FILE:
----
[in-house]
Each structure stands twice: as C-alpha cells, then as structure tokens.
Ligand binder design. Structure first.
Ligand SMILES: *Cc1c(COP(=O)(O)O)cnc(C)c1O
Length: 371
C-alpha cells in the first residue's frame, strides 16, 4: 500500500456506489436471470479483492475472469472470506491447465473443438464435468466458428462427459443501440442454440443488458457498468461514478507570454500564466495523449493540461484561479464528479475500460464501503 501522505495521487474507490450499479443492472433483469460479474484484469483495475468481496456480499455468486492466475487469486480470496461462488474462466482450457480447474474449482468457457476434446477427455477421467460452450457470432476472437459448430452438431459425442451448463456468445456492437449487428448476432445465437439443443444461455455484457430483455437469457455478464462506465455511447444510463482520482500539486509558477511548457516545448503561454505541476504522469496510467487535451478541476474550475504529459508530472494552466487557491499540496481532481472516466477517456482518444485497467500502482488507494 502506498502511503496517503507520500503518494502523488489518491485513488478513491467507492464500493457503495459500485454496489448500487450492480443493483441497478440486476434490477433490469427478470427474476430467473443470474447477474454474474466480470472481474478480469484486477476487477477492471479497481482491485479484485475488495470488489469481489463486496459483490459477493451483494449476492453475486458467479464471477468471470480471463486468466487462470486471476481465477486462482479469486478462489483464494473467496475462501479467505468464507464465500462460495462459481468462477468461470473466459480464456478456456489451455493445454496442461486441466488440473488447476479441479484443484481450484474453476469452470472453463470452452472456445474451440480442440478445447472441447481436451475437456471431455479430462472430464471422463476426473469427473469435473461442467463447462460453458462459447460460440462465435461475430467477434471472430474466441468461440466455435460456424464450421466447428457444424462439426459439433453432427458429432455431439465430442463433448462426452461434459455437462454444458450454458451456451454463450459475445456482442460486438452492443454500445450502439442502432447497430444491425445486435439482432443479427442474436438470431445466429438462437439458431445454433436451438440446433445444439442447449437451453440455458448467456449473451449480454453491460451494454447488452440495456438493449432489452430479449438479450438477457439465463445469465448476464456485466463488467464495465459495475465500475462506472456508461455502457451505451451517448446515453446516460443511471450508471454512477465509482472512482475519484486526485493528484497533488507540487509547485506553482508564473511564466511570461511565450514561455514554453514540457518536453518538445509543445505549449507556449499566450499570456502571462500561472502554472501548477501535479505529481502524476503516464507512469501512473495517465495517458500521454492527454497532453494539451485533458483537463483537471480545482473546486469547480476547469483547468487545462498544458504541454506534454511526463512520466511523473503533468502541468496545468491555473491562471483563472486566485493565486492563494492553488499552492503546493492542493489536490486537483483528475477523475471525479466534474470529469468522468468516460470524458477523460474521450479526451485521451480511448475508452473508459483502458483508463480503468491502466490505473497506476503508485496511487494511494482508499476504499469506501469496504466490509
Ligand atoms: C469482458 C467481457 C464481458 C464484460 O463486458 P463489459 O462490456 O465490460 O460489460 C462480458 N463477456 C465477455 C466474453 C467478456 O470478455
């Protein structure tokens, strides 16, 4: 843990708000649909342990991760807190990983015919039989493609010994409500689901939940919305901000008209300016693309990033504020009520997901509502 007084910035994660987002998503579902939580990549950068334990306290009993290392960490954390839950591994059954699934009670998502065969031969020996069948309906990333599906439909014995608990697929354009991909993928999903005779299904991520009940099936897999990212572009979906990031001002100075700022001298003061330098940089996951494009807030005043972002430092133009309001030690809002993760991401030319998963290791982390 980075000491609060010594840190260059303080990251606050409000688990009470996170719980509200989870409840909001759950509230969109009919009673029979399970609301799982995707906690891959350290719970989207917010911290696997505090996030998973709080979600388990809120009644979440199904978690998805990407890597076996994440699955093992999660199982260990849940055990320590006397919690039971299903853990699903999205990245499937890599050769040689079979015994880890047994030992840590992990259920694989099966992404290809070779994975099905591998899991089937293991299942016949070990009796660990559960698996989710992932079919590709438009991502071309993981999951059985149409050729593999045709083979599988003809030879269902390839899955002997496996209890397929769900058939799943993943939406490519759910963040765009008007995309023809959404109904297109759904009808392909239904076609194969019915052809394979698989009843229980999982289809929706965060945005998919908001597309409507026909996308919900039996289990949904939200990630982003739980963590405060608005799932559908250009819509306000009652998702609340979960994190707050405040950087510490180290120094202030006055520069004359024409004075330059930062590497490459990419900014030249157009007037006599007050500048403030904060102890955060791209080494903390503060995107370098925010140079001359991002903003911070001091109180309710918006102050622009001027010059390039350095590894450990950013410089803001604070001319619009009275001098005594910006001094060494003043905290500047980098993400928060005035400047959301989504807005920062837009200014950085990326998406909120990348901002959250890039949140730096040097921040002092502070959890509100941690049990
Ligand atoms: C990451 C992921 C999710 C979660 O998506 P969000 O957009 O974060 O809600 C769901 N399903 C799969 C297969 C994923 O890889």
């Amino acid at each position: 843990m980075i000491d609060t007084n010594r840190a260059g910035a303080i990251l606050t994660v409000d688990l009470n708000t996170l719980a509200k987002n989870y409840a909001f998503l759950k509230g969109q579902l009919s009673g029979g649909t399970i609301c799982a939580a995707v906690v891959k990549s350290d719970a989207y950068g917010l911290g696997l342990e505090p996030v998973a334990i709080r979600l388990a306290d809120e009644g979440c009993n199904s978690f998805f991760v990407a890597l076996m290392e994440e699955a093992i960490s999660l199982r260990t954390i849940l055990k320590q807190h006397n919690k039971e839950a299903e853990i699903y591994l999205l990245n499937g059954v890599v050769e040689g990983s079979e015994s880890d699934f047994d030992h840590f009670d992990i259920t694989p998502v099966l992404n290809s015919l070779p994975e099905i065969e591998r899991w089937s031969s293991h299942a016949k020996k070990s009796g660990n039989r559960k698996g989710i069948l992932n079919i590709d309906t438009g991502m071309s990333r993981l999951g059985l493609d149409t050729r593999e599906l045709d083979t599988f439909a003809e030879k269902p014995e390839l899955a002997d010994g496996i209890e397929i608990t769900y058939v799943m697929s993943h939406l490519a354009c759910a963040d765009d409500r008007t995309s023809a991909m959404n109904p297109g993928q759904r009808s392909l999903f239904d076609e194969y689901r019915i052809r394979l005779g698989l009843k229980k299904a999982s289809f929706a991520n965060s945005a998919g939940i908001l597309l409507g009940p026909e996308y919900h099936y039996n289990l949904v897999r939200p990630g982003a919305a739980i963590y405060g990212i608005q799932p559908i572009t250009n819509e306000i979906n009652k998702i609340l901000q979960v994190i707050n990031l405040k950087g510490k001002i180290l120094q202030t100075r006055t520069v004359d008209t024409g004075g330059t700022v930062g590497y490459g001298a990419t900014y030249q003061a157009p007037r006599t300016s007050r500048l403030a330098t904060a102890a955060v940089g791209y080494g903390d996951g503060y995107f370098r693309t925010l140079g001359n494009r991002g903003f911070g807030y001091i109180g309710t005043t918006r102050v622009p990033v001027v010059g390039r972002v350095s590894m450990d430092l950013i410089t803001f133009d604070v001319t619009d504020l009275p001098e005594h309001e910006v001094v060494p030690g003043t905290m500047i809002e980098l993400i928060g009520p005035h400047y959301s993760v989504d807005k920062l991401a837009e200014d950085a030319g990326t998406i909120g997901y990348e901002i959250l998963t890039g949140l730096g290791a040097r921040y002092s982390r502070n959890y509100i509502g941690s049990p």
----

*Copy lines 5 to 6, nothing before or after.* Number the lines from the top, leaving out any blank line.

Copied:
Length: 371
C-alpha cells in the first residue's frame, strides 16, 4: 500500500456506489436471470479483492475472469472470506491447465473443438464435468466458428462427459443501440442454440443488458457498468461514478507570454500564466495523449493540461484561479464528479475500460464501503 501522505495521487474507490450499479443492472433483469460479474484484469483495475468481496456480499455468486492466475487469486480470496461462488474462466482450457480447474474449482468457457476434446477427455477421467460452450457470432476472437459448430452438431459425442451448463456468445456492437449487428448476432445465437439443443444461455455484457430483455437469457455478464462506465455511447444510463482520482500539486509558477511548457516545448503561454505541476504522469496510467487535451478541476474550475504529459508530472494552466487557491499540496481532481472516466477517456482518444485497467500502482488507494 502506498502511503496517503507520500503518494502523488489518491485513488478513491467507492464500493457503495459500485454496489448500487450492480443493483441497478440486476434490477433490469427478470427474476430467473443470474447477474454474474466480470472481474478480469484486477476487477477492471479497481482491485479484485475488495470488489469481489463486496459483490459477493451483494449476492453475486458467479464471477468471470480471463486468466487462470486471476481465477486462482479469486478462489483464494473467496475462501479467505468464507464465500462460495462459481468462477468461470473466459480464456478456456489451455493445454496442461486441466488440473488447476479441479484443484481450484474453476469452470472453463470452452472456445474451440480442440478445447472441447481436451475437456471431455479430462472430464471422463476426473469427473469435473461442467463447462460453458462459447460460440462465435461475430467477434471472430474466441468461440466455435460456424464450421466447428457444424462439426459439433453432427458429432455431439465430442463433448462426452461434459455437462454444458450454458451456451454463450459475445456482442460486438452492443454500445450502439442502432447497430444491425445486435439482432443479427442474436438470431445466429438462437439458431445454433436451438440446433445444439442447449437451453440455458448467456449473451449480454453491460451494454447488452440495456438493449432489452430479449438479450438477457439465463445469465448476464456485466463488467464495465459495475465500475462506472456508461455502457451505451451517448446515453446516460443511471450508471454512477465509482472512482475519484486526485493528484497533488507540487509547485506553482508564473511564466511570461511565450514561455514554453514540457518536453518538445509543445505549449507556449499566450499570456502571462500561472502554472501548477501535479505529481502524476503516464507512469501512473495517465495517458500521454492527454497532453494539451485533458483537463483537471480545482473546486469547480476547469483547468487545462498544458504541454506534454511526463512520466511523473503533468502541468496545468491555473491562471483563472486566485493565486492563494492553488499552492503546493492542493489536490486537483483528475477523475471525479466534474470529469468522468468516460470524458477523460474521450479526451485521451480511448475508452473508459483502458483508463480503468491502466490505473497506476503508485496511487494511494482508499476504499469506501469496504466490509